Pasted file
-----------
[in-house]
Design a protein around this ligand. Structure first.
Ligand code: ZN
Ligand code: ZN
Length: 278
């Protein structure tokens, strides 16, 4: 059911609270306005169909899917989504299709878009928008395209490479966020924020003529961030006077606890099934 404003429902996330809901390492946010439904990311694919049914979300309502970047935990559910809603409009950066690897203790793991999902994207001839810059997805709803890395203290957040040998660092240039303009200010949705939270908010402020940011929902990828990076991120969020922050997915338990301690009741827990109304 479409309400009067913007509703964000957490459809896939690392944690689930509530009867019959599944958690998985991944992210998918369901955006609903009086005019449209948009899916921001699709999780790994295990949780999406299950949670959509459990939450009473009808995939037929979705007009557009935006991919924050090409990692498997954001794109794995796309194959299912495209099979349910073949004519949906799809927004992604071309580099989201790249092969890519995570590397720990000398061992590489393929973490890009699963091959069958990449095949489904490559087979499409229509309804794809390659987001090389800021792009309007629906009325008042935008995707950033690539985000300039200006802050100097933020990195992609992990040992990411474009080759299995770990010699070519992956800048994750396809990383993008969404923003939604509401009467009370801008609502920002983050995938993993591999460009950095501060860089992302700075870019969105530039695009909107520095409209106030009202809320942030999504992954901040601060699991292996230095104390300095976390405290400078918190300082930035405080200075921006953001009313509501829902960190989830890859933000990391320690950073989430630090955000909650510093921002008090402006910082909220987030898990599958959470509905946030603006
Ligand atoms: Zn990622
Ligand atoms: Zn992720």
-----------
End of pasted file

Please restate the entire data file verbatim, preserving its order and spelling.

[in-house]
Design a protein around this ligand. Structure first.
Ligand code: ZN
Ligand code: ZN
Length: 278
């Protein structure tokens, strides 16, 4: 059911609270306005169909899917989504299709878009928008395209490479966020924020003529961030006077606890099934 404003429902996330809901390492946010439904990311694919049914979300309502970047935990559910809603409009950066690897203790793991999902994207001839810059997805709803890395203290957040040998660092240039303009200010949705939270908010402020940011929902990828990076991120969020922050997915338990301690009741827990109304 479409309400009067913007509703964000957490459809896939690392944690689930509530009867019959599944958690998985991944992210998918369901955006609903009086005019449209948009899916921001699709999780790994295990949780999406299950949670959509459990939450009473009808995939037929979705007009557009935006991919924050090409990692498997954001794109794995796309194959299912495209099979349910073949004519949906799809927004992604071309580099989201790249092969890519995570590397720990000398061992590489393929973490890009699963091959069958990449095949489904490559087979499409229509309804794809390659987001090389800021792009309007629906009325008042935008995707950033690539985000300039200006802050100097933020990195992609992990040992990411474009080759299995770990010699070519992956800048994750396809990383993008969404923003939604509401009467009370801008609502920002983050995938993993591999460009950095501060860089992302700075870019969105530039695009909107520095409209106030009202809320942030999504992954901040601060699991292996230095104390300095976390405290400078918190300082930035405080200075921006953001009313509501829902960190989830890859933000990391320690950073989430630090955000909650510093921002008090402006910082909220987030898990599958959470509905946030603006
Ligand atoms: Zn990622
Ligand atoms: Zn992720």